"Slowly, almost unnoticed," wrote Robert H. Hayes and Marco Iansiti in The Intellectual Venture Capitalist, "the unglamorous and taken-for-granted craft of operations management had emerged as the Achilles heel of many American companies. When the competitive assault came, these companies were simply unprepared to respond. Their factories and equipment were aging, their workers dispirited, and their senior managers largely out of touch with operating issues. Never did managers have a greater need for guidance in improving and reshaping the operations side of their companies—and rarely had there been so few places to turn for such practical advice.

“This was a historic moment, and the Harvard POM faculty rose to the challenge by writing a series of candid and penetrating articles and books aimed at managers. The response was extremely gratifying. Between 1980 and 1986, POM area members were awarded the prestigious McKinsey Award, for the best article published in the Harvard Business Review, five times. In one year, they captured both first and second place. The dates and titles of these articles suggest their content and the reason for their high impact:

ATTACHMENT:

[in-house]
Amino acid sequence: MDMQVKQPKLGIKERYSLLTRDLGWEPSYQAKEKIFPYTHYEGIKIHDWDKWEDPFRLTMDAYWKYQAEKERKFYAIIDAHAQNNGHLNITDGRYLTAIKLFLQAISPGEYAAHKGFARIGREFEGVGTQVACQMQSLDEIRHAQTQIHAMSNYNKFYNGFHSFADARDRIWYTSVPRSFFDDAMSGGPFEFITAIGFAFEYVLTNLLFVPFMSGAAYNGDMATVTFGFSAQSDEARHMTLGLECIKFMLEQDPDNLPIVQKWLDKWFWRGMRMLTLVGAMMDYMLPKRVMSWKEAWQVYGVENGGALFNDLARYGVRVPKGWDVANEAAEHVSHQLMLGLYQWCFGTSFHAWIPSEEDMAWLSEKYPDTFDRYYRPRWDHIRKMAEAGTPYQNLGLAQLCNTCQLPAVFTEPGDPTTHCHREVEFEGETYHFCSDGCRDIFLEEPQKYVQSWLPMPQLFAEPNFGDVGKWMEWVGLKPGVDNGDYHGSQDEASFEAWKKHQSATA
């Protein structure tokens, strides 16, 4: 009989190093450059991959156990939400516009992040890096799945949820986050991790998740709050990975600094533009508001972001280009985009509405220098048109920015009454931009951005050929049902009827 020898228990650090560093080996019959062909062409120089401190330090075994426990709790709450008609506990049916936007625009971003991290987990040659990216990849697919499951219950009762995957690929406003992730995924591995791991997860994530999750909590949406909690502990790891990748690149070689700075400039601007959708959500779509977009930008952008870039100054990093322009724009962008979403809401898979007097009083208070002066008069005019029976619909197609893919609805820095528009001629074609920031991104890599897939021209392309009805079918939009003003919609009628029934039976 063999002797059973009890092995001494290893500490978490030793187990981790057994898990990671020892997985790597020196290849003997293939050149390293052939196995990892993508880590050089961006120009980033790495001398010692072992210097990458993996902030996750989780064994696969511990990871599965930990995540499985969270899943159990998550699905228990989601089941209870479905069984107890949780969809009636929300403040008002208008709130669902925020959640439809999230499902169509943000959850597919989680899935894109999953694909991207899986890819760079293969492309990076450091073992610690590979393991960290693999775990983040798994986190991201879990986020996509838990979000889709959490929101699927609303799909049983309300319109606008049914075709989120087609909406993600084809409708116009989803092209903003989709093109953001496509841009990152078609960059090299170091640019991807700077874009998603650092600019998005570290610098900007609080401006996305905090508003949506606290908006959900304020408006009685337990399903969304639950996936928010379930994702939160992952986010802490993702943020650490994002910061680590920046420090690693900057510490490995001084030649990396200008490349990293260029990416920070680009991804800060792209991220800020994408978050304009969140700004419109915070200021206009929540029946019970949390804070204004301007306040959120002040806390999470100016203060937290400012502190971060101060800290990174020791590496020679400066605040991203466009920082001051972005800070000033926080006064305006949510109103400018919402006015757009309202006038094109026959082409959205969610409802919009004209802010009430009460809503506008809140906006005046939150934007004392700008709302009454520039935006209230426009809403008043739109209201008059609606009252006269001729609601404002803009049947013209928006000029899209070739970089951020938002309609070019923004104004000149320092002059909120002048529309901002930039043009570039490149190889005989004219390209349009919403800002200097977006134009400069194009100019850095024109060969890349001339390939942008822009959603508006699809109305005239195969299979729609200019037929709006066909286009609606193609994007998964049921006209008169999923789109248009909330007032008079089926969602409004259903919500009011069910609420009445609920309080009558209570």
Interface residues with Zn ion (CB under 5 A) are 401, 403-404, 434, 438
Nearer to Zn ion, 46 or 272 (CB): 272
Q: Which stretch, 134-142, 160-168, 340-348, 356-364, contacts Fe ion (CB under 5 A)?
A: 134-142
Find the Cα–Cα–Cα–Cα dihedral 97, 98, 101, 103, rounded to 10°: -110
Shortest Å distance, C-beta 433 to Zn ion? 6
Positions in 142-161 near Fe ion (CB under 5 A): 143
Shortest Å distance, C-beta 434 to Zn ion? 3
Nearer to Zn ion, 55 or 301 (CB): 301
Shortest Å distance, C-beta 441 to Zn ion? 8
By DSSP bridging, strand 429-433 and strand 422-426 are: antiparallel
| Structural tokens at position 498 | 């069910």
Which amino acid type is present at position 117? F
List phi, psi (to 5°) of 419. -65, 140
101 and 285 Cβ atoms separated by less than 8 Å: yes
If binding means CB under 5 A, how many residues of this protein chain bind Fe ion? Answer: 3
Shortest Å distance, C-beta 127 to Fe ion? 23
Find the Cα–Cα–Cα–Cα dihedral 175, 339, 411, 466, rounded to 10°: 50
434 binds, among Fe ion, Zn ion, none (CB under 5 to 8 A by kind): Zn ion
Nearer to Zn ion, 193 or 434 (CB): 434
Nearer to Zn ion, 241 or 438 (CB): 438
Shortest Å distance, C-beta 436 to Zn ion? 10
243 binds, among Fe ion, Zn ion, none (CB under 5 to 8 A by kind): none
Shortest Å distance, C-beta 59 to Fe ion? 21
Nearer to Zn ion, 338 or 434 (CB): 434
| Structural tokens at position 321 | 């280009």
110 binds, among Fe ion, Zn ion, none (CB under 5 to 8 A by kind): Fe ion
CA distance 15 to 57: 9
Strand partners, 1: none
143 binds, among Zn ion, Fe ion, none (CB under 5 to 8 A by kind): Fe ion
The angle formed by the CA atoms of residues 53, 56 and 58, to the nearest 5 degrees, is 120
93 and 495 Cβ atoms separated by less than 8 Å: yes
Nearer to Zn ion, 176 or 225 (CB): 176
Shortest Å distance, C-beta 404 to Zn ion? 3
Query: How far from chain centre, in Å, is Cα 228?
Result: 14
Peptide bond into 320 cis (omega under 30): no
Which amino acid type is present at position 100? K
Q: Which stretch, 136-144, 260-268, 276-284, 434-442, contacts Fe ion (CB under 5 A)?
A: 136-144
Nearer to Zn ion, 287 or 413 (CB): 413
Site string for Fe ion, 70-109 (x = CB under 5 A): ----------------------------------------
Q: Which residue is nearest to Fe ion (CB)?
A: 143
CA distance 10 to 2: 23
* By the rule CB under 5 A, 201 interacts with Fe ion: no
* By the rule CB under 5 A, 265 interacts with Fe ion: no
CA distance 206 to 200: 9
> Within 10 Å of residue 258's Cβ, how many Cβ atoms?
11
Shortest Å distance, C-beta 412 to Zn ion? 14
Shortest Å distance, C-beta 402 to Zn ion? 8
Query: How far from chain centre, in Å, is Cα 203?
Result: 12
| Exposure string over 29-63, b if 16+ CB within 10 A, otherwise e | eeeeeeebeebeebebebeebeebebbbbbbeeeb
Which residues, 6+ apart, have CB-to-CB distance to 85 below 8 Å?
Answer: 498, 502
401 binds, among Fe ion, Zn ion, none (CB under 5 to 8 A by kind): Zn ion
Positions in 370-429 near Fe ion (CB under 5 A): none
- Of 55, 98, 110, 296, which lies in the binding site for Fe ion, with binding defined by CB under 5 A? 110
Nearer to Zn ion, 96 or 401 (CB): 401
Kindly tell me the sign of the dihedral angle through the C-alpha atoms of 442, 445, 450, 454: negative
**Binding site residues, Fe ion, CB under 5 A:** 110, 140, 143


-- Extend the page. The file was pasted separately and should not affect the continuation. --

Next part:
“1980 ‘Managing Our Way to Economic Decline,’ by Robert Hayes and William Abernathy

“1981 ‘The New Industrial Competition,’ by William Abernathy, Kim Clark, and Alan Kantrow (second place: ‘Why Japanese Factories Work,’ by Robert Hayes)

“1982 ‘Managing as if Tomorrow Mattered,’ by Robert Hayes and David Garvin

“1983 ‘Quality on the Line,’ by David Garvin’

“1986 ‘The Productivity Paradox,’ by Wickham Skinner”